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Depending on your research and your research needs, sometimes you need additional funding through grants. Whether you’re in graduate school or working in your field, knowing how to write an effective grant proposal is beneficial, to help you secure additional funding for your project or team. If you’re a professor, securing grants can be crucial to your ongoing work and research. Once you’re lucky enough to have a grant proposal accepted, you then have to submit progress reports and final reports to the funding agencies. If your proposal was not accepted, you can revise and resubmit during the next grant cycle. Here at Dissertation Editor, we can assist you with editing and formatting of your grant proposal revisions. Many of our editors are also professors who have successfully submitted grant proposals themselves, so they’ve been exactly where you are, giving you the inside scoop on the process.

Each grant process can be different, based on the discipline and research intentions, but there are some general guidelines to keep in mind. Learning some general grant-writing tips can help make the process a little less stressful.

Here are some basic things to keep in mind for grant proposals:

Before You Write

Before you start your grant proposal, it’s usually best to have some questions answered, on paper or in your own mind, as these can help guide your writing and give you some clarity about direction and focus.

Not only are these important questions to keep in mind before you start your proposal, but they can even help shape your funding searches.

As You Write Your Proposal

Think about your audience. Who will be reading your proposal? Does your proposal align with the organization’s mission and goals? Are these readers familiar with the kind of research you’re doing; how much background and explaining do you need to provide? What kind of material will be most persuasive to them? Most reviewers want to know what your goals and outcomes are, why your research/project is significant, and what the criteria for success are.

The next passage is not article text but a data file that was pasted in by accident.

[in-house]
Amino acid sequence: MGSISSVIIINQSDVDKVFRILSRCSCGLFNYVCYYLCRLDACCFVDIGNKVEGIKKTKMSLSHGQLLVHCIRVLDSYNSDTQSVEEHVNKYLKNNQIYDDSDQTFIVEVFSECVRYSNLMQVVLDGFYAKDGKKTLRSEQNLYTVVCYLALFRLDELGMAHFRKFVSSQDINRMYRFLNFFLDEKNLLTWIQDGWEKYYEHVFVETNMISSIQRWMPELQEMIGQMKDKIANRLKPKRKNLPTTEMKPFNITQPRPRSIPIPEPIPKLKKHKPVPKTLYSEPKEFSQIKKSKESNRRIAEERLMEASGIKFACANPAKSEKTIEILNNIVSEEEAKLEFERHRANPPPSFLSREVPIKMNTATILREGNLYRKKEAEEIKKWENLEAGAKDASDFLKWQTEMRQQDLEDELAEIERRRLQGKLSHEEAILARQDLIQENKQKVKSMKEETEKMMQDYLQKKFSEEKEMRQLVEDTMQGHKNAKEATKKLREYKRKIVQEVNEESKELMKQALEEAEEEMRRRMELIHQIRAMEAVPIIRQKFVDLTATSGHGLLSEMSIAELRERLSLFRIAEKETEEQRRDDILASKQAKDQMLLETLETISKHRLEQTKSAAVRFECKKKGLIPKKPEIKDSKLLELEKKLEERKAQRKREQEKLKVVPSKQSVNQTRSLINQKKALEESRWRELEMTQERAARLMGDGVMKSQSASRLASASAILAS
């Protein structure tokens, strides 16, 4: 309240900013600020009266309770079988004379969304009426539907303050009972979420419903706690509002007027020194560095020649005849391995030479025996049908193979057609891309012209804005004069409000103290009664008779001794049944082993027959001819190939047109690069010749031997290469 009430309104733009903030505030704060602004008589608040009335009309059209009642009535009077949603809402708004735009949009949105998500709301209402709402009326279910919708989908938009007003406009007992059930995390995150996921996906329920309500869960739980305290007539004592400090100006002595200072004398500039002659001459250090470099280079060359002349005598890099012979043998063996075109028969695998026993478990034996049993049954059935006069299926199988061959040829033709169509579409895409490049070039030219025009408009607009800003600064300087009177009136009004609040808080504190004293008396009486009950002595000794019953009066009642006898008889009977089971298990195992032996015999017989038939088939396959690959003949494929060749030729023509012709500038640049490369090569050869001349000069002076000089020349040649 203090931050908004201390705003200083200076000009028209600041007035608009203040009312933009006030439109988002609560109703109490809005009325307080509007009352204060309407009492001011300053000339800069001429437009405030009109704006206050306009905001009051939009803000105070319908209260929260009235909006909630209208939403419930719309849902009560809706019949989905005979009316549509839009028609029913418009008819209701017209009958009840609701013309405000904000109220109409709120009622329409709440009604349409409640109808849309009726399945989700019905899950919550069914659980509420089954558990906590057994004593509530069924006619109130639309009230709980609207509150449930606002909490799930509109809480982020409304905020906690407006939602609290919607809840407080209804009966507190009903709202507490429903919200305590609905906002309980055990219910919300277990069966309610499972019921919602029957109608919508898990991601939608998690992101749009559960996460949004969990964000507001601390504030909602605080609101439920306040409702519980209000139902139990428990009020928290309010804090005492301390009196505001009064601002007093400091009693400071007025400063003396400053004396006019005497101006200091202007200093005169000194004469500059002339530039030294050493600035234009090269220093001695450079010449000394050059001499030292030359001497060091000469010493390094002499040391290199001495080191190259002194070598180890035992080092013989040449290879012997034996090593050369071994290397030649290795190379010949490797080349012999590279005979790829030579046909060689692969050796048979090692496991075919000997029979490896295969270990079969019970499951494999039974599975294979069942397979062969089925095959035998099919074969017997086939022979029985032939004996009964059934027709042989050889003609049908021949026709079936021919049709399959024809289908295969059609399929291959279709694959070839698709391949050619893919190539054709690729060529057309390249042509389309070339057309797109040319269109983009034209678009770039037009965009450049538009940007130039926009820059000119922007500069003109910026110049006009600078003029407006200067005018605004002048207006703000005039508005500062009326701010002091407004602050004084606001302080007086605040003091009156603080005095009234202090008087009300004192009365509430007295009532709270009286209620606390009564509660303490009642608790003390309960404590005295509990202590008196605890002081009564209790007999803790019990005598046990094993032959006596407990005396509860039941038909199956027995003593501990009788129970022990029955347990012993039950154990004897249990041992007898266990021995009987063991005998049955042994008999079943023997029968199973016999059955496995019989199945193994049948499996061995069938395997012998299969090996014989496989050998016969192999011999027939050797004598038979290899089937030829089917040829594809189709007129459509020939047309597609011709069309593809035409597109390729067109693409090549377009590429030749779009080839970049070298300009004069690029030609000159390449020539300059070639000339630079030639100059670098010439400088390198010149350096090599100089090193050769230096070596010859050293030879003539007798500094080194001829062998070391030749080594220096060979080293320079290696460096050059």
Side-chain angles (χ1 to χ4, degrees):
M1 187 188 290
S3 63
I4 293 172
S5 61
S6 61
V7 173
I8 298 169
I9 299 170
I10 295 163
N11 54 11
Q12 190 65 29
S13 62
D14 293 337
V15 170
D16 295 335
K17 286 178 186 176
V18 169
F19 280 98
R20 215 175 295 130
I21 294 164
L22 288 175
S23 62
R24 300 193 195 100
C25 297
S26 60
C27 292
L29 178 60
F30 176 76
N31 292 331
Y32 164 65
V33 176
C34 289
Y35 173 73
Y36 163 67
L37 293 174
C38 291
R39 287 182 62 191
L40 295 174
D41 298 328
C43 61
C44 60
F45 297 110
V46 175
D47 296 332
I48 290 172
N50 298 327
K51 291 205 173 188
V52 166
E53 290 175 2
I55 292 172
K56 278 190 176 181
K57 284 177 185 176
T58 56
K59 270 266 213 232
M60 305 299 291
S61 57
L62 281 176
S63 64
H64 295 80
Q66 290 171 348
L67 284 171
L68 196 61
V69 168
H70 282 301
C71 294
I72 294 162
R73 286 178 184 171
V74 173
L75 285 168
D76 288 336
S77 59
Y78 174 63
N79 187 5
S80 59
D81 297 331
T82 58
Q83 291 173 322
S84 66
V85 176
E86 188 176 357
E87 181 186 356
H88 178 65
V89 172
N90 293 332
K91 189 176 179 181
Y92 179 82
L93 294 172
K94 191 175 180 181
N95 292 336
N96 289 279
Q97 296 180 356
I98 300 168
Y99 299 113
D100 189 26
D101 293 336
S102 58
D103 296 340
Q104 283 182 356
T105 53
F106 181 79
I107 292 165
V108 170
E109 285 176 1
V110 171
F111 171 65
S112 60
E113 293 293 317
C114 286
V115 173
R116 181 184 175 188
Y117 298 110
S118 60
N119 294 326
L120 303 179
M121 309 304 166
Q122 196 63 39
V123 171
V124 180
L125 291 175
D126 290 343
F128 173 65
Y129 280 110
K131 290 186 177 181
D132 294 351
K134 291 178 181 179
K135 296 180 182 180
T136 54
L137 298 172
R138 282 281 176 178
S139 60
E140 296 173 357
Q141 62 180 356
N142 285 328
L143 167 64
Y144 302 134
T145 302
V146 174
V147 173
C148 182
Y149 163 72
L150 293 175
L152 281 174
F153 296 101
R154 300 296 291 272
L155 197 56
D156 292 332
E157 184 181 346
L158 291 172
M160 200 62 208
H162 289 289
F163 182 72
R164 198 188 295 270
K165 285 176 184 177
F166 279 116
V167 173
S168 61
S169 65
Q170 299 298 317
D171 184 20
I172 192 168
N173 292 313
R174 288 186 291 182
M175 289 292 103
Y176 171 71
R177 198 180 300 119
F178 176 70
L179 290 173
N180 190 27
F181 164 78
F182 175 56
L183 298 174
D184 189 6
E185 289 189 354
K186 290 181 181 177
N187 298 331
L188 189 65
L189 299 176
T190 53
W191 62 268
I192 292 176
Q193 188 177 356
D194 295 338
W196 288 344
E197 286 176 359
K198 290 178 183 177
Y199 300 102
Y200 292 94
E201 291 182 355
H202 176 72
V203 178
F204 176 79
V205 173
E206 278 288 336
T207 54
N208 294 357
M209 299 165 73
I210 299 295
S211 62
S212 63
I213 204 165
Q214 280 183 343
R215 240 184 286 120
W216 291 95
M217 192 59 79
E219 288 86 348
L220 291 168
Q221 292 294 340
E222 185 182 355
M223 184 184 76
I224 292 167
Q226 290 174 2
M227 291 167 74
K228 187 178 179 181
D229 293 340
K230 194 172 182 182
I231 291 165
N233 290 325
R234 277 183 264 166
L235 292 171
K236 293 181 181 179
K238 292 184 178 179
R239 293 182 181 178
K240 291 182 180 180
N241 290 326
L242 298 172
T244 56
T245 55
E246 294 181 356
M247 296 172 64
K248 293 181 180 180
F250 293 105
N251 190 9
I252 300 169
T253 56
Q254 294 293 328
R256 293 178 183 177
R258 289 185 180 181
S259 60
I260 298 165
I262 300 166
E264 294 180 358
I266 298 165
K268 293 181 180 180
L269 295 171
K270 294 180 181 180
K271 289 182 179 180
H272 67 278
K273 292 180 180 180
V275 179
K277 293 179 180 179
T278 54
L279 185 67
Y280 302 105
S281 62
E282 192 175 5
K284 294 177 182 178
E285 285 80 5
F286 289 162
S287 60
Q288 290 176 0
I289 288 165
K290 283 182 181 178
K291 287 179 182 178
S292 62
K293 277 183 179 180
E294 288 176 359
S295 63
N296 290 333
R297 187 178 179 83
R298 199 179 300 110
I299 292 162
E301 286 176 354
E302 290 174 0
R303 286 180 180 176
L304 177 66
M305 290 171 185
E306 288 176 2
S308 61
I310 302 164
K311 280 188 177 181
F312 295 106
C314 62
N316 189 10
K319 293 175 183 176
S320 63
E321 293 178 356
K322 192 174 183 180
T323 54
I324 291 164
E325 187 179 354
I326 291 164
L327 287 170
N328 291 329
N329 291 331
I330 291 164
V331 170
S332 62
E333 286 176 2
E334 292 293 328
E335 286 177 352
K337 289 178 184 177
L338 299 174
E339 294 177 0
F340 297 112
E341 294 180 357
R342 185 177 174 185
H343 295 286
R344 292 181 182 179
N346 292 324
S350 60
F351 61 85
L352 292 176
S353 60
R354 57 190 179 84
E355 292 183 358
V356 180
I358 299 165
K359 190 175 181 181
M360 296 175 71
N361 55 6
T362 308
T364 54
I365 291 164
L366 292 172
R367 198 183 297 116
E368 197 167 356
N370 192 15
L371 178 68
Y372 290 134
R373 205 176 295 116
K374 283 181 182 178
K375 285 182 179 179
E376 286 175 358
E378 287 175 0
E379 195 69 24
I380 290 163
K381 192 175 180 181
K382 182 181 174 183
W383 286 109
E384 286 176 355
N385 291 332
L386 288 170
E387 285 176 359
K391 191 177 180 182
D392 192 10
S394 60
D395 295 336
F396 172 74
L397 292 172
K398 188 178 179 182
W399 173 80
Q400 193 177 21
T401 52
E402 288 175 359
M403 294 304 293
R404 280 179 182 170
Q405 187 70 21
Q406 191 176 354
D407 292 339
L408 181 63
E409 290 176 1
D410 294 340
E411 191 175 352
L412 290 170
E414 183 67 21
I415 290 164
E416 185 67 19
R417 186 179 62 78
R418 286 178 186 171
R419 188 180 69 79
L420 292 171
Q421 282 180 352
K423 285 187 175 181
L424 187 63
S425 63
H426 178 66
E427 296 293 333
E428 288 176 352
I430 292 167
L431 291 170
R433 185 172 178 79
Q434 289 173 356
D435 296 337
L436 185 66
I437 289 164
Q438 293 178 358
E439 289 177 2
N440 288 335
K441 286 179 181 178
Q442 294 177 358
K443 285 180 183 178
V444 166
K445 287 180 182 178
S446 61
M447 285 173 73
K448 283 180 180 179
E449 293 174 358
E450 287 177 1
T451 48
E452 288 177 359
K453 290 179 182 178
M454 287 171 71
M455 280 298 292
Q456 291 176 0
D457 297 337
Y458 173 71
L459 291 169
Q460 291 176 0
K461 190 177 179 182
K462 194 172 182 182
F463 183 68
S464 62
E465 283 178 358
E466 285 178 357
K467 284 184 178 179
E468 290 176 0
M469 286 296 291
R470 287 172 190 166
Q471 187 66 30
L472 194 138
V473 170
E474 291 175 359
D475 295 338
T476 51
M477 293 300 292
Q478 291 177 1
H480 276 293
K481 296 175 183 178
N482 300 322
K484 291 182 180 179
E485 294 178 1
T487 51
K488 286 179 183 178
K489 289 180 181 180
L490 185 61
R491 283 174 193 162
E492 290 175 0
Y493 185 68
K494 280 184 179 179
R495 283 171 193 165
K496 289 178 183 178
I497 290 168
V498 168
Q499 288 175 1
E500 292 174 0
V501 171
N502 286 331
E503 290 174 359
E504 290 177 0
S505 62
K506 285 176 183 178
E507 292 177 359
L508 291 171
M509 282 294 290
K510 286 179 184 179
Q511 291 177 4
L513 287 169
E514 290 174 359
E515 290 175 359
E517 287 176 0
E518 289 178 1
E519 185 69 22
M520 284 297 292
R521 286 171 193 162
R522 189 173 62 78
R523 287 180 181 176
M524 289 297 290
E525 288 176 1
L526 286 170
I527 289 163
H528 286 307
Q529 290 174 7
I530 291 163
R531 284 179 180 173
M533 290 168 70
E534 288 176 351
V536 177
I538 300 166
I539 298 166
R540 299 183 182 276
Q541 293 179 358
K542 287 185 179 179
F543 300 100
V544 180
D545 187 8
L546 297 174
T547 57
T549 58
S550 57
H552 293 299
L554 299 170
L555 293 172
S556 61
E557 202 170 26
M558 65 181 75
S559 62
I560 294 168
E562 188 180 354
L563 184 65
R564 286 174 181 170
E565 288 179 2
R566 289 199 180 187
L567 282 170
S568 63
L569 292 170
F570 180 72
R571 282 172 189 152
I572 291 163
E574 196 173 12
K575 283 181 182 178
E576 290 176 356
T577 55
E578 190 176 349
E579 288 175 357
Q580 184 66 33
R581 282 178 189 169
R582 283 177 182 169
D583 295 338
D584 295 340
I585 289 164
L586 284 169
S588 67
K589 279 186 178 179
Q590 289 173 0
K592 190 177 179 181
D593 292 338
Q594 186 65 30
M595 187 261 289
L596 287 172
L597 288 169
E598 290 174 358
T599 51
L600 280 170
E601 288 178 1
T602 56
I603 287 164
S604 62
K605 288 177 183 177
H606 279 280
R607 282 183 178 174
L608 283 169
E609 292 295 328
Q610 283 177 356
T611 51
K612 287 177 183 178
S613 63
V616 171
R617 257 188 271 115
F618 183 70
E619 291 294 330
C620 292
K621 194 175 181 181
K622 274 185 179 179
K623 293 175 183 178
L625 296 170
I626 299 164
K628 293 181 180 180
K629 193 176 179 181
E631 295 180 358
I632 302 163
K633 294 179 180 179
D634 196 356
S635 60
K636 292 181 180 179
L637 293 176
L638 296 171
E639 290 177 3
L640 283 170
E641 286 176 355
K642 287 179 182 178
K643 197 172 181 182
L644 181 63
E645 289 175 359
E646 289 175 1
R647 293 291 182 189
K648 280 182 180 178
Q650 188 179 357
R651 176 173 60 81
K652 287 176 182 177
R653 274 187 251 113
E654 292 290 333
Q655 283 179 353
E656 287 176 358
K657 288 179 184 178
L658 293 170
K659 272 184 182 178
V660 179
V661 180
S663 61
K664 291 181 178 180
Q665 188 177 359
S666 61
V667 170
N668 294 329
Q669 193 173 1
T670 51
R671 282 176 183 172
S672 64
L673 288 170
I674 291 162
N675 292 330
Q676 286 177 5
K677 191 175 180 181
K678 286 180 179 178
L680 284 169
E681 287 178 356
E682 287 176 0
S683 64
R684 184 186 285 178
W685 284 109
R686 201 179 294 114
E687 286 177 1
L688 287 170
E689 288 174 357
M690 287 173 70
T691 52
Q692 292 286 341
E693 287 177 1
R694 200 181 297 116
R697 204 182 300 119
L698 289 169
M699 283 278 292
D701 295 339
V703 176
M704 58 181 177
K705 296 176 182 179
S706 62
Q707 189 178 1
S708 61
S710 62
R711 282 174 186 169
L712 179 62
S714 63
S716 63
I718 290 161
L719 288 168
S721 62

Make sure you are following the submission guidelines. This cannot be overstated. Nothing will discredit you faster than not following directions. Follow the headings provided, make sure all sections are labeled appropriately, and include everything they ask for.

Outline your plan clearly, professionally, and logically. Your writing will provide the readers with a sense of how you are as a person and researcher, and will convey your grasp of the material and general knowledge of your topic. Being thorough and intentional with your writing will enhance your professionalism. Grant proposals aren’t the place to write expansively; they favor concise and direct writing.

Prior to Submission

Before you submit your grant proposal, it’s always a good idea to have established people in the field review it. You might want a statistician to review your methodology, for example. Dissertation Editor can help! In addition to our expert team of editors, we also have a stats team, comprised of accomplished statisticians and methodologists. We can read and edit your proposal, while also providing critical and objective feedback.

If your grant proposal is rejected, don’t give up! Take any feedback to heart, and get to work on revising and strengthening the proposal to get it ready for the next funding cycle. Dissertation Editor can help you refine your grant proposal and get it ready for submission or resubmission, getting you to where you need to be.